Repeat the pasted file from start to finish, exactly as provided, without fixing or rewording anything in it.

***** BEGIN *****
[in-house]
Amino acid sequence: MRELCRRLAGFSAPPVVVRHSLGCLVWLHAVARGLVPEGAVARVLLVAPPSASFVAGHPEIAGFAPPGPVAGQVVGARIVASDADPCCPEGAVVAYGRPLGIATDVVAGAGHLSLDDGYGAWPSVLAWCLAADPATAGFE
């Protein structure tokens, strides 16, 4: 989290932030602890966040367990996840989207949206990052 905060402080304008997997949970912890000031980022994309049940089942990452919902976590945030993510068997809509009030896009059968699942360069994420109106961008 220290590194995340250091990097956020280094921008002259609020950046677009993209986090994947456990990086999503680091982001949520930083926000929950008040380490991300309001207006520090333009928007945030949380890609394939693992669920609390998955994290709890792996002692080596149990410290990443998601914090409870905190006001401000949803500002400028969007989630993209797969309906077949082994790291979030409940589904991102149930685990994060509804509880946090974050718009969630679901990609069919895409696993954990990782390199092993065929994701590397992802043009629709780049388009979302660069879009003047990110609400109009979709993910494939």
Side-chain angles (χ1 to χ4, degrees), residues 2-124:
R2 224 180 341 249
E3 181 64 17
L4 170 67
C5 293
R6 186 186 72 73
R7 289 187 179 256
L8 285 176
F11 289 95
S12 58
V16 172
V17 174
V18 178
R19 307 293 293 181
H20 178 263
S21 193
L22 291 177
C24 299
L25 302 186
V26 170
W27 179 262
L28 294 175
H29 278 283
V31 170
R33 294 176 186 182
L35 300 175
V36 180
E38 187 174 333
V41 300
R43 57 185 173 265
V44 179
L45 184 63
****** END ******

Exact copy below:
[in-house]
Amino acid sequence: MRELCRRLAGFSAPPVVVRHSLGCLVWLHAVARGLVPEGAVARVLLVAPPSASFVAGHPEIAGFAPPGPVAGQVVGARIVASDADPCCPEGAVVAYGRPLGIATDVVAGAGHLSLDDGYGAWPSVLAWCLAADPATAGFE
């Protein structure tokens, strides 16, 4: 989290932030602890966040367990996840989207949206990052 905060402080304008997997949970912890000031980022994309049940089942990452919902976590945030993510068997809509009030896009059968699942360069994420109106961008 220290590194995340250091990097956020280094921008002259609020950046677009993209986090994947456990990086999503680091982001949520930083926000929950008040380490991300309001207006520090333009928007945030949380890609394939693992669920609390998955994290709890792996002692080596149990410290990443998601914090409870905190006001401000949803500002400028969007989630993209797969309906077949082994790291979030409940589904991102149930685990994060509804509880946090974050718009969630679901990609069919895409696993954990990782390199092993065929994701590397992802043009629709780049388009979302660069879009003047990110609400109009979709993910494939």
Side-chain angles (χ1 to χ4, degrees), residues 2-124:
R2 224 180 341 249
E3 181 64 17
L4 170 67
C5 293
R6 186 186 72 73
R7 289 187 179 256
L8 285 176
F11 289 95
S12 58
V16 172
V17 174
V18 178
R19 307 293 293 181
H20 178 263
S21 193
L22 291 177
C24 299
L25 302 186
V26 170
W27 179 262
L28 294 175
H29 278 283
V31 170
R33 294 176 186 182
L35 300 175
V36 180
E38 187 174 333
V41 300
R43 57 185 173 265
V44 179
L45 184 63